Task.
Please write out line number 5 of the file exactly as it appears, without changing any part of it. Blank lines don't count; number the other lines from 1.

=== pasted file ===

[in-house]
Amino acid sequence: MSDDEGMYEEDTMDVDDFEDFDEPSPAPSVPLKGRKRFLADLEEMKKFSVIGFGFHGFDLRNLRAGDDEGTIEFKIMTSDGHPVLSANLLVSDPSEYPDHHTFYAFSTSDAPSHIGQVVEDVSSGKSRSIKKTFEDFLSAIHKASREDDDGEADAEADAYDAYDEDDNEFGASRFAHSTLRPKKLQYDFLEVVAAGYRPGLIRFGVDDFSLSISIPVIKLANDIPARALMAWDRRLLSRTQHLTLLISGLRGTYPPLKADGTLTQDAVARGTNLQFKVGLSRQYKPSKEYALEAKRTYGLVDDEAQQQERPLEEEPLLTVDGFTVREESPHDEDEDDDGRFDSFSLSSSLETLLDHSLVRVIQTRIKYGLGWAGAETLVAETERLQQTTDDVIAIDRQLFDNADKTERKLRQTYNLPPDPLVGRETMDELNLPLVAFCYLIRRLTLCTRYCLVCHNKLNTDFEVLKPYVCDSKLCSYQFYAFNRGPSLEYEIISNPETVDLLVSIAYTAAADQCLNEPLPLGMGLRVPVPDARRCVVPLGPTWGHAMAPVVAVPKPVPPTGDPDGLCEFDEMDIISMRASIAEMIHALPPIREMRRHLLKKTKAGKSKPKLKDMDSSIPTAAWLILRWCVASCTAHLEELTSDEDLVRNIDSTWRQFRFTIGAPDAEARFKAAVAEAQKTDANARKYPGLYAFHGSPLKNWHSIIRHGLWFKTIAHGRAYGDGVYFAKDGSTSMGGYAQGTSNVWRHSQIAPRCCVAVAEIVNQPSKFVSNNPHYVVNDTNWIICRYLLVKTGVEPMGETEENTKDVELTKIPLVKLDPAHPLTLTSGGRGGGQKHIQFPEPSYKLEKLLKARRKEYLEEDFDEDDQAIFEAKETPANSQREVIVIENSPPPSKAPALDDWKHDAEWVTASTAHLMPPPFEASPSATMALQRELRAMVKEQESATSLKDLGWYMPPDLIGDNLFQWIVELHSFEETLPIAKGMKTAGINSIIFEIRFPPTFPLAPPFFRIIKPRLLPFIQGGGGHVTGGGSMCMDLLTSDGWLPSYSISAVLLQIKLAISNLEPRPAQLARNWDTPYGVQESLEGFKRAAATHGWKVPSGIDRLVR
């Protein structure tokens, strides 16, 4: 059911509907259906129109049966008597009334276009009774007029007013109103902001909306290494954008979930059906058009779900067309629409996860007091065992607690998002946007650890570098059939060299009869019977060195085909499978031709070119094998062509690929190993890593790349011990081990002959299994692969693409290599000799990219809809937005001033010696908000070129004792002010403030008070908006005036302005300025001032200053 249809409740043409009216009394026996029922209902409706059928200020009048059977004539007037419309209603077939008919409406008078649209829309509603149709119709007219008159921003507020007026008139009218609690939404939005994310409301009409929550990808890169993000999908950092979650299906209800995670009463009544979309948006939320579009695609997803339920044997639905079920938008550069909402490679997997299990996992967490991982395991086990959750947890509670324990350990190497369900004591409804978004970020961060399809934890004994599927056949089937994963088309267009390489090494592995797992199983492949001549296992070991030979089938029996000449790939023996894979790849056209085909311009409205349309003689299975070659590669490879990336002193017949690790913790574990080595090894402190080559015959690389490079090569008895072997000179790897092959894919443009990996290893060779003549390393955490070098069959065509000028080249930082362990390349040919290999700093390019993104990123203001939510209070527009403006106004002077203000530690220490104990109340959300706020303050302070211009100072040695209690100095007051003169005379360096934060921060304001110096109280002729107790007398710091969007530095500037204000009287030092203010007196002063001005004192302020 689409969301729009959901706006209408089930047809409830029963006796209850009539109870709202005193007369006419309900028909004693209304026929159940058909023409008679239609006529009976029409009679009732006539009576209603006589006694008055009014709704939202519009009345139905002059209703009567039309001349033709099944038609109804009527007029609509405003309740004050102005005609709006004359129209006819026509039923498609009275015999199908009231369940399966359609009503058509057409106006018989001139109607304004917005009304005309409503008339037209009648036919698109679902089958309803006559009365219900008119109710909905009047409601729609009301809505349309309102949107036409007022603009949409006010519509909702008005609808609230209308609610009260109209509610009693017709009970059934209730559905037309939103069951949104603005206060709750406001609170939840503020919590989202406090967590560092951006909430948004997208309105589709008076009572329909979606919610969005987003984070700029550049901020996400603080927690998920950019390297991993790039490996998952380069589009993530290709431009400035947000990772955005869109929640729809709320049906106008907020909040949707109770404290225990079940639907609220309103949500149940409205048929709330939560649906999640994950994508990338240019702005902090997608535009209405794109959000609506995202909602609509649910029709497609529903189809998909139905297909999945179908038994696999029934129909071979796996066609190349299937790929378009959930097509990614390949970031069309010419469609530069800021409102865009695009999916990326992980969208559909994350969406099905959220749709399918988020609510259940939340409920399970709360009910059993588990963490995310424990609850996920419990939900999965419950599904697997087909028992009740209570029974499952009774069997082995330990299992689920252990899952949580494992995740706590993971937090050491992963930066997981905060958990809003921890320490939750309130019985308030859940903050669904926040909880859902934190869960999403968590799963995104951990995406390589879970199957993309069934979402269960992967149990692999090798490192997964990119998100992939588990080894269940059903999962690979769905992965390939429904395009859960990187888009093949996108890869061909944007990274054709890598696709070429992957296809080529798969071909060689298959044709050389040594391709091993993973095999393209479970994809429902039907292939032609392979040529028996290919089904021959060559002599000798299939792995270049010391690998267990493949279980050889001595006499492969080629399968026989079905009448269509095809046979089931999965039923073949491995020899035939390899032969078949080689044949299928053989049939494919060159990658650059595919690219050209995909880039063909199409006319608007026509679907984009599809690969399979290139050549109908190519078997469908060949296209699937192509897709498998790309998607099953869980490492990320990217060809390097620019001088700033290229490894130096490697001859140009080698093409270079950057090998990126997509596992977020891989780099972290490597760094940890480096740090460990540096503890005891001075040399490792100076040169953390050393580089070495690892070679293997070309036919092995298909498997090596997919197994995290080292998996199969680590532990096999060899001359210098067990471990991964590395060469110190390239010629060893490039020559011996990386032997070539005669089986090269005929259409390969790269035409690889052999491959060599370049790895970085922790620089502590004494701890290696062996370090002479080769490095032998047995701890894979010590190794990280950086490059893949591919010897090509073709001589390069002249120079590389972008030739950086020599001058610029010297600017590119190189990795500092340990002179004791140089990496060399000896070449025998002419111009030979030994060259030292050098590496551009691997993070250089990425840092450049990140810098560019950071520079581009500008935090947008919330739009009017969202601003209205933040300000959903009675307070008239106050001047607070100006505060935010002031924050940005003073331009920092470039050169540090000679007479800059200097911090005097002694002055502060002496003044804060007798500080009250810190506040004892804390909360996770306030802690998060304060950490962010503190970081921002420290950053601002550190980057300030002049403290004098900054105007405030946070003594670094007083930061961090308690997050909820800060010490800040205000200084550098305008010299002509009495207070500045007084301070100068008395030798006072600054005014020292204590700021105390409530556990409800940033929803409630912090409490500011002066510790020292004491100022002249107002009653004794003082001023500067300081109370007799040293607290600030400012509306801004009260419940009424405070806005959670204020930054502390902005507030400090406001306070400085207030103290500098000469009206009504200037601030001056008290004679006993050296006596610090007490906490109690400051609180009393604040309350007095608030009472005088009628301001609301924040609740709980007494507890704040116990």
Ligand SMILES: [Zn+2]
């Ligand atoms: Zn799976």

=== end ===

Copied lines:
């Ligand atoms: Zn799976």